Updated: Jan 17
As our Torah portion opens, Jacob has been 17 years in Egypt. His longing for his homeland is unmistakable. His longings reflect not only individual preference, but the movement of faith and his membership among a religious people. Further, he puts his desires into word and active example by the way he speaks to Joseph and makes arrangements for his burial in Canaan.
Familiarize yourself with this portion, then closely read these nine verses: Genesis 47:27—48:4.
And Jacob said to Joseph, “God Almighty appeared to me at Luz in the the land of Canaan, and he blessed me, and he said to me, ‘I am going to make you fruitful and increase your numbers; I will make of you a company of peoples, and I will give this land to your offspring after you for a perpetual holding’” (Gen. 48:3-4).
Torah commentators note that Jacob is repeating God’s words, but he is not repeating them exactly. Compare Jacob’s words of blessing with God’s ‘original’ blessing in Gen. 35:11-12. What does Jacob leave out? What does he add? (Hint: create two columns and compare line by line.) What might the sacred text be communicating through any omission or addition? Ponder this with the sages in the context of what you know about Jacob’s story. Suggest an interpretation.
Recall that a previous discussion focused on Jacob’s fear that his family’s temporary descent into Egypt might result in them never returning to their God-given homeland. The Torah tells us that, 17 years after they entered Egypt, Jacob’s children and grandchildren are doing rather well in this alien land; for “they gained possessions in it, and were fruitful and multiplied exceedingly” (47:27). Does this observation assist your reflection on how Jacob ‘edits’ God’s blessing?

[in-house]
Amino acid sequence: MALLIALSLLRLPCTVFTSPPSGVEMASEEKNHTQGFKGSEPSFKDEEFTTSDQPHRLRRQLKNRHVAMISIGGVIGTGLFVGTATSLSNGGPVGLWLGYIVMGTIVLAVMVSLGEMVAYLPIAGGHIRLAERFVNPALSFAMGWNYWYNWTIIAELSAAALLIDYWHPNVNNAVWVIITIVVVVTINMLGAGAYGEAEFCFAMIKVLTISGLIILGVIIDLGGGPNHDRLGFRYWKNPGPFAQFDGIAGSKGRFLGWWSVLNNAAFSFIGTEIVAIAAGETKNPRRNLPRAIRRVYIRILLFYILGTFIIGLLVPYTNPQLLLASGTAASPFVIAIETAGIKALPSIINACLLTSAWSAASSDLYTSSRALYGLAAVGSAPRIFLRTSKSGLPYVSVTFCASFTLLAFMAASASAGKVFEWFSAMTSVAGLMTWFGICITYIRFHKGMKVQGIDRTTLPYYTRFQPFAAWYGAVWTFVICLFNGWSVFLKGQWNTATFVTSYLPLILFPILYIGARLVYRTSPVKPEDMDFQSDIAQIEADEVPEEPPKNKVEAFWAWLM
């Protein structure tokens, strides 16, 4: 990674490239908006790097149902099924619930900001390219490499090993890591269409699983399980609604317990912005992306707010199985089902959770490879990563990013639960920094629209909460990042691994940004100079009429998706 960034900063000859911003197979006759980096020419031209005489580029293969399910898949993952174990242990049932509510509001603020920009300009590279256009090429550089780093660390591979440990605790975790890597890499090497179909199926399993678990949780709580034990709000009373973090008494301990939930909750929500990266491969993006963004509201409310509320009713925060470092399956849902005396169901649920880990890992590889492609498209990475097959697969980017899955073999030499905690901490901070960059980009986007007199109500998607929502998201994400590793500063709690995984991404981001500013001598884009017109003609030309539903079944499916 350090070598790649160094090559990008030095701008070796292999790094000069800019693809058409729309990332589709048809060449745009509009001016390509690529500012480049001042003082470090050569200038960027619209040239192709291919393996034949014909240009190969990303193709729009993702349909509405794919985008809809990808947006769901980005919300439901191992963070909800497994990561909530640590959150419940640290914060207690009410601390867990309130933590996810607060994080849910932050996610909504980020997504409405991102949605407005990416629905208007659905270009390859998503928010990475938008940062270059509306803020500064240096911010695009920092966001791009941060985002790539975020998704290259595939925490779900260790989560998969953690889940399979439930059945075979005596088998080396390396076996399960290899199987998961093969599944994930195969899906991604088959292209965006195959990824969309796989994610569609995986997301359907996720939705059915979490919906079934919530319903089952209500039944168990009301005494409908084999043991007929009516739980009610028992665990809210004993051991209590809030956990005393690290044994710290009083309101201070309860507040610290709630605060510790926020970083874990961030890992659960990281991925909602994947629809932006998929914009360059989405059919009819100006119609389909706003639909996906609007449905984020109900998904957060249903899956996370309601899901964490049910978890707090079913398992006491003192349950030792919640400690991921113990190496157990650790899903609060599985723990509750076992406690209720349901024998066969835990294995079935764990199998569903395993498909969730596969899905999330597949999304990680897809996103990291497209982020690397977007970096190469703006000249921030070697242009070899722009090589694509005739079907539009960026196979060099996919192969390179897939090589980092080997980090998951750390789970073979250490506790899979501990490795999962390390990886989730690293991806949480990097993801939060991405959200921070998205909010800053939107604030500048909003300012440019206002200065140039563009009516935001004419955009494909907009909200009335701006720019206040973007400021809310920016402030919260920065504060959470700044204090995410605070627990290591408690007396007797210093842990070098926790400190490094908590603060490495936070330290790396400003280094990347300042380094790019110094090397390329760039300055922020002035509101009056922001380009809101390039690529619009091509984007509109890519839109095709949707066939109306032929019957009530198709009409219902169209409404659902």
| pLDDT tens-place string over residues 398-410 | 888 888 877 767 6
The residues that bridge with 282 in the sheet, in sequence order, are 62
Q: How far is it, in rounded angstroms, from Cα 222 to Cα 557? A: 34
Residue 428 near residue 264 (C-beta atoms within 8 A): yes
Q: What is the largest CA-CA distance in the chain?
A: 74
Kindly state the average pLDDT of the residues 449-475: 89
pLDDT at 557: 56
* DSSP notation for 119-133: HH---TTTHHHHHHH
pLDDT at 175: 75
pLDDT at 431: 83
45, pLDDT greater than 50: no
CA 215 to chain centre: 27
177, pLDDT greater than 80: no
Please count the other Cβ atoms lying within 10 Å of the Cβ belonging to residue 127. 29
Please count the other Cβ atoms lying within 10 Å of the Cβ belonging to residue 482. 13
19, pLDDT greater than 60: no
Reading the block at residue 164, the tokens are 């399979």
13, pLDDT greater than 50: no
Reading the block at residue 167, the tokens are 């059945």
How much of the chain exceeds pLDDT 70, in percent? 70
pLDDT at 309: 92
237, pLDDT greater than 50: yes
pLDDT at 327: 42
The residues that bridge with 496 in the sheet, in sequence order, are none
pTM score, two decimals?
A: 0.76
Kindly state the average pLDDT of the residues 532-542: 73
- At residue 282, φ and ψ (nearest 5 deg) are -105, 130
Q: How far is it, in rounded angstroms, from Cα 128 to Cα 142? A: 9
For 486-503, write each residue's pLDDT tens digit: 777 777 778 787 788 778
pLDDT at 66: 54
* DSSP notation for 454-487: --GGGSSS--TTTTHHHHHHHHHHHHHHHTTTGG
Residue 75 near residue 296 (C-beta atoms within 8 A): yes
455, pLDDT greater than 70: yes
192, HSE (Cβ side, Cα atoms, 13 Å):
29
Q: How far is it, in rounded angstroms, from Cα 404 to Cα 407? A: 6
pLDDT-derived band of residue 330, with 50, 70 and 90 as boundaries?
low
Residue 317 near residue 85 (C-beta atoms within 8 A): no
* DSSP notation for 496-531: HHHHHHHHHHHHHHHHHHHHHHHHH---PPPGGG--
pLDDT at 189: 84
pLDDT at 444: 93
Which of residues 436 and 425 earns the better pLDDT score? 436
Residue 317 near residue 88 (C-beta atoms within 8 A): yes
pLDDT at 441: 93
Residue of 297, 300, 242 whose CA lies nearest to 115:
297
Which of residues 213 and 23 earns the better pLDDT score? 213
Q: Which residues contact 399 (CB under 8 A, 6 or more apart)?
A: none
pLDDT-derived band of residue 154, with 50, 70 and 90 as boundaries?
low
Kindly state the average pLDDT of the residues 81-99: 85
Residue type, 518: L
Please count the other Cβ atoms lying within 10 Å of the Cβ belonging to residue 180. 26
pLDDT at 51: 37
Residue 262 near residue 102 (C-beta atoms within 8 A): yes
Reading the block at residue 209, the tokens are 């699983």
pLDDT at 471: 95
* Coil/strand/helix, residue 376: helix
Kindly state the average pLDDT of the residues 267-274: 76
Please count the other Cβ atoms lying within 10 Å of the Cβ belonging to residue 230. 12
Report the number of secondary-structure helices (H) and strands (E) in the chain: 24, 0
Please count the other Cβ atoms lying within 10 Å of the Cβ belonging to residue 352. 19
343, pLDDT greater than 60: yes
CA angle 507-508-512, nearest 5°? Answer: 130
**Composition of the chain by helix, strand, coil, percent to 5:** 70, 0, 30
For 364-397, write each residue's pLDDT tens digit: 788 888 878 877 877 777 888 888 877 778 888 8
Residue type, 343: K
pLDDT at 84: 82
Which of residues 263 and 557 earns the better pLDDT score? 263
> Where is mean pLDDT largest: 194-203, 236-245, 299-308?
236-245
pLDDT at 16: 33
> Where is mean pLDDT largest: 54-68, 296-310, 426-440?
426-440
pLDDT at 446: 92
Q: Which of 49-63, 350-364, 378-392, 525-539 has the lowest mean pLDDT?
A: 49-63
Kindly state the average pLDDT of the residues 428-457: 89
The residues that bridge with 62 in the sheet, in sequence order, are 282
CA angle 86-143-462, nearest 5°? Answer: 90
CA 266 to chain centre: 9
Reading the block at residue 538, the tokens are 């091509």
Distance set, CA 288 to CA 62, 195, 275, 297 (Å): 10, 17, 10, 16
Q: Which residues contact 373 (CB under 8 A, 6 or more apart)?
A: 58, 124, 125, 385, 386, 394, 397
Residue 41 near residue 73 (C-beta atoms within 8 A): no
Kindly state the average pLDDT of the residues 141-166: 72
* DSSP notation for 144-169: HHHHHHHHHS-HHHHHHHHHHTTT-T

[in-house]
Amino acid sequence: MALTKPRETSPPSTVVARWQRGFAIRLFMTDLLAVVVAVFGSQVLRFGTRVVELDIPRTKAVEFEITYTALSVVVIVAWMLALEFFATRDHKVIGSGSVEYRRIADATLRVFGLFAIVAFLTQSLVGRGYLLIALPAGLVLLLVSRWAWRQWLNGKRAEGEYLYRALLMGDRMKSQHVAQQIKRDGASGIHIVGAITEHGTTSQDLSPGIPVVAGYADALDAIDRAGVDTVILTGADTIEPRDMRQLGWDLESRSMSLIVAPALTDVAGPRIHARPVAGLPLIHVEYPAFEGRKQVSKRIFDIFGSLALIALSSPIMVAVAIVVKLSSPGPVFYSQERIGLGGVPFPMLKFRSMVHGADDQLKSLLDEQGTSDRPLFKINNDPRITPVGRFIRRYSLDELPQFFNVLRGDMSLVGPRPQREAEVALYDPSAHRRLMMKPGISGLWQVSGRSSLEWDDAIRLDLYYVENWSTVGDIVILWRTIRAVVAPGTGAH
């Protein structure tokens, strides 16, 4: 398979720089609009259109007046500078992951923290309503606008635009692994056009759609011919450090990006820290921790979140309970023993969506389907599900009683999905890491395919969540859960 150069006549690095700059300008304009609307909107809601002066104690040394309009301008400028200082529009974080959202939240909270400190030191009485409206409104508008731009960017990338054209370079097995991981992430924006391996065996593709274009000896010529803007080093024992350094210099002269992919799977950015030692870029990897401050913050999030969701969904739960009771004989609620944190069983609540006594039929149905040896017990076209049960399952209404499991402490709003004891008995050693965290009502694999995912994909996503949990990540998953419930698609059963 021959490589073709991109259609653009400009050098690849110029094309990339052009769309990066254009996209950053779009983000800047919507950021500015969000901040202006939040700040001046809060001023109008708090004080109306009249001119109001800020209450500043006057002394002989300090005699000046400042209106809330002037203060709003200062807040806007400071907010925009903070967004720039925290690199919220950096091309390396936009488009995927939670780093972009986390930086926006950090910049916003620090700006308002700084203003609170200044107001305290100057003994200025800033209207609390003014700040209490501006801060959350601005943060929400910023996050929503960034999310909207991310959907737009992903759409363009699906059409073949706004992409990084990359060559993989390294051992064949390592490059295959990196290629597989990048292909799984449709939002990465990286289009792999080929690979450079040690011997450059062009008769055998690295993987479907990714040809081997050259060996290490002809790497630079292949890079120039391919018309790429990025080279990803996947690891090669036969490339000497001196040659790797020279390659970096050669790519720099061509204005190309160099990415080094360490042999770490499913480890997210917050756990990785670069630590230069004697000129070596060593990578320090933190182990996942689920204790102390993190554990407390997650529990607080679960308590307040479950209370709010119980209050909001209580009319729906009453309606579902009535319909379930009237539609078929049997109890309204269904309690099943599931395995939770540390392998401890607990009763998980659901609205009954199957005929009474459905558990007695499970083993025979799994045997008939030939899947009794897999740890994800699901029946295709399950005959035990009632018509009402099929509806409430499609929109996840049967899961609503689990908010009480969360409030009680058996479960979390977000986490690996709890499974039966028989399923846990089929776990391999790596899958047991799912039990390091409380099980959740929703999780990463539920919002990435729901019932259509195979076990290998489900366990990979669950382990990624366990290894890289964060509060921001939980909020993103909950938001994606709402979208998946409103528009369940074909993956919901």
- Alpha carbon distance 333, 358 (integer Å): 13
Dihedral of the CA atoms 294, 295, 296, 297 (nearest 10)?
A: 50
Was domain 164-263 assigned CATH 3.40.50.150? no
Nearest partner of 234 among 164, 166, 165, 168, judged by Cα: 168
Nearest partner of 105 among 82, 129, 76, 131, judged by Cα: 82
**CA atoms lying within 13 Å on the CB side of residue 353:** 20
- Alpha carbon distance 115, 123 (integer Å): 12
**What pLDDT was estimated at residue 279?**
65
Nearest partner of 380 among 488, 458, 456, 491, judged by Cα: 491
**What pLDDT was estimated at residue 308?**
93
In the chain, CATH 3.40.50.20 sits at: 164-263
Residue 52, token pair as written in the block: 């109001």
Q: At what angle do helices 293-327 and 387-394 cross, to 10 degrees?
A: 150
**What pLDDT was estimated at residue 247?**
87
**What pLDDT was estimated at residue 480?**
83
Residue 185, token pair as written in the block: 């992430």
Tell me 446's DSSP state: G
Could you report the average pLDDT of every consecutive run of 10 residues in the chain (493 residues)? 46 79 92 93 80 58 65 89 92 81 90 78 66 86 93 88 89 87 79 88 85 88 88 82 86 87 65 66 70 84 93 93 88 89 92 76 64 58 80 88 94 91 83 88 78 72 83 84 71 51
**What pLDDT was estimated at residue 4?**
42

Can you appreciate the dilemma? If Jacob’s descendants are so comfortable in Egypt, will they want to uproot their lives and return to Canaan? And if they don’t, what will become of the promises and blessings of God which are bound up with the gift of a specific land? In this text some Torah commentators see Jacob—now an elderly man and close to death—doing all he can to steer his children towards honoring their unique inheritance. Not only does he set an example by insisting that he be buried in Canaan (see 47:29-31), he also deletes the line where God says “kings will spring from you” (25:11) lest his children associate royalty with Egypt where Joseph has already achieved royal-like status. Instead Jacob emphasizes that the land of Canaan should be their constant focus by adding the phrase “for a perpetual holding” (Gen. 48:4).
Thus Jacob, a great patriarch of the chosen people, ends his days firmly fixed on the promises of God, on the relationship between God and God’s people. No gain in power or wealth can compare with the riches of knowing the Lord God and being faithful to the divine call.
As you ponder and discuss this Torah portion, ask yourself: in what ways does it speak to my hopes and dreams, yearnings and fears as a believer and as a member of my faith community? • Bibliography: Leibowitz, New Studies in Bereshit (New York: Lambda, 1994). Scripture: NRSV. © Teresa Pirola, 2013. lightoftorah.net Reproduction permitted for non-commercial use with acknowledgement of website.
Torah Portion of the Week: Vayechi. Click below for a double page PDF version.